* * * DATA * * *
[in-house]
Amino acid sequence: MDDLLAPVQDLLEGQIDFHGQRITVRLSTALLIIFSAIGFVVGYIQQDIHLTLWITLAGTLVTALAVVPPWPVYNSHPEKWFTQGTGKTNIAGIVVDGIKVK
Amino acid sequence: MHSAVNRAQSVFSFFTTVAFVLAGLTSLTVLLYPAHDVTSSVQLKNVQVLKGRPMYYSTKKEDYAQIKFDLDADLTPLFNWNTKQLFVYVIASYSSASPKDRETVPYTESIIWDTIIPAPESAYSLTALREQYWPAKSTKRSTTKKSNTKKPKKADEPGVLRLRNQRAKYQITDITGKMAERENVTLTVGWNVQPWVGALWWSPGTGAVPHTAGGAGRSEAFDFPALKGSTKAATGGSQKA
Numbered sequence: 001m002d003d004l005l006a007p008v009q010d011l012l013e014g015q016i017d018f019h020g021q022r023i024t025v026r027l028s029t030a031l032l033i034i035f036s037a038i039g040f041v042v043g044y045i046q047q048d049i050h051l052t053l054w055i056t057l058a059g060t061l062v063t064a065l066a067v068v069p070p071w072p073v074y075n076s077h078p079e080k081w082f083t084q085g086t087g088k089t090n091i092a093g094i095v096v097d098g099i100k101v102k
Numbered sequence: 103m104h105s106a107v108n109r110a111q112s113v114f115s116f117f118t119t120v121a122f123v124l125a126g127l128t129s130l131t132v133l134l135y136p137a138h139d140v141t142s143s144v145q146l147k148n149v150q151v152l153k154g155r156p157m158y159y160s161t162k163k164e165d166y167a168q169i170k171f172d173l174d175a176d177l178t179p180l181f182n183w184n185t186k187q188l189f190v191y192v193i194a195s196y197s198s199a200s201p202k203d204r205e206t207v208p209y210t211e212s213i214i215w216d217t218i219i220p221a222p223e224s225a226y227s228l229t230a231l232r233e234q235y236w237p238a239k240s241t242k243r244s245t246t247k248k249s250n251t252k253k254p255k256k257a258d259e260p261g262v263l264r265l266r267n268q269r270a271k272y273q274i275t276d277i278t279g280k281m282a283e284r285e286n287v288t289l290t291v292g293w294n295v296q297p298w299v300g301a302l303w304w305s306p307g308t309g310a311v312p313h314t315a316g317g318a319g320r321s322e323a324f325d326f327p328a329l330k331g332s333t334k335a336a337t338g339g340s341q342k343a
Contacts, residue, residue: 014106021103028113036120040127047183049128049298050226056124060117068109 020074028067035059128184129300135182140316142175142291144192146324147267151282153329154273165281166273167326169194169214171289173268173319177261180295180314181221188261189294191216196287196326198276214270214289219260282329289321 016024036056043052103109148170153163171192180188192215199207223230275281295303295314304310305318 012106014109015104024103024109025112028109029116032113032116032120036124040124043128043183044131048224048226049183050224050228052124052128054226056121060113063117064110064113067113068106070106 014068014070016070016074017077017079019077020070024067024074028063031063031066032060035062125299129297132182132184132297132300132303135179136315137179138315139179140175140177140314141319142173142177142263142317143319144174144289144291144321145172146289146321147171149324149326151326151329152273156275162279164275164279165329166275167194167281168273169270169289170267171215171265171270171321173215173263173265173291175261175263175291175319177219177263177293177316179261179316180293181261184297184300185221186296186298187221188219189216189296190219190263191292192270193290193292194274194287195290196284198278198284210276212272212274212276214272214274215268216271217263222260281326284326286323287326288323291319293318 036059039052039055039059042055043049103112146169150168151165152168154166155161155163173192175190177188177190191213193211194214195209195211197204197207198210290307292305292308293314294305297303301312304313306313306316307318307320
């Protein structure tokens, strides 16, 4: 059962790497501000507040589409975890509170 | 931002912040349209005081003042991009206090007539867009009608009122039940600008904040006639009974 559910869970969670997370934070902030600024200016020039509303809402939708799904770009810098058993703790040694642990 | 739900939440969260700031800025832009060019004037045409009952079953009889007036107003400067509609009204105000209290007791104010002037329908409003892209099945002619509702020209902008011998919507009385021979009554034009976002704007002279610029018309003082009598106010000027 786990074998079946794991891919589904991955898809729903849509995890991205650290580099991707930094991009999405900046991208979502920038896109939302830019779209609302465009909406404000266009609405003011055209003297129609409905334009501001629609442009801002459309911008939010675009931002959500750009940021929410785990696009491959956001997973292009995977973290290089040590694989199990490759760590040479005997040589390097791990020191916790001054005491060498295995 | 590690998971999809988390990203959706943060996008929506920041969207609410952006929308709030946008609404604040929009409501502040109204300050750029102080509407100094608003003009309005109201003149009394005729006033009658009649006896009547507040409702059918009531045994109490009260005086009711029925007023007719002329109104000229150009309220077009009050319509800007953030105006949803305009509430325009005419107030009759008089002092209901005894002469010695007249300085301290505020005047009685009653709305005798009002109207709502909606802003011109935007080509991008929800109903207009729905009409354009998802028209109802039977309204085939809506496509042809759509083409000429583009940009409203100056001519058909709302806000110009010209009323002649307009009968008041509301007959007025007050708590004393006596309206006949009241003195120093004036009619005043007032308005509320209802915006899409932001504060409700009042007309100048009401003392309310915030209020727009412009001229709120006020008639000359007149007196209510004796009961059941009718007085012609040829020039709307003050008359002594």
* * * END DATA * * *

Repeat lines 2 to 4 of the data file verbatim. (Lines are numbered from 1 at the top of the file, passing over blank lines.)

Amino acid sequence: MDDLLAPVQDLLEGQIDFHGQRITVRLSTALLIIFSAIGFVVGYIQQDIHLTLWITLAGTLVTALAVVPPWPVYNSHPEKWFTQGTGKTNIAGIVVDGIKVK
Amino acid sequence: MHSAVNRAQSVFSFFTTVAFVLAGLTSLTVLLYPAHDVTSSVQLKNVQVLKGRPMYYSTKKEDYAQIKFDLDADLTPLFNWNTKQLFVYVIASYSSASPKDRETVPYTESIIWDTIIPAPESAYSLTALREQYWPAKSTKRSTTKKSNTKKPKKADEPGVLRLRNQRAKYQITDITGKMAERENVTLTVGWNVQPWVGALWWSPGTGAVPHTAGGAGRSEAFDFPALKGSTKAATGGSQKA
Numbered sequence: 001m002d003d004l005l006a007p008v009q010d011l012l013e014g015q016i017d018f019h020g021q022r023i024t025v026r027l028s029t030a031l032l033i034i035f036s037a038i039g040f041v042v043g044y045i046q047q048d049i050h051l052t053l054w055i056t057l058a059g060t061l062v063t064a065l066a067v068v069p070p071w072p073v074y075n076s077h078p079e080k081w082f083t084q085g086t087g088k089t090n091i092a093g094i095v096v097d098g099i100k101v102k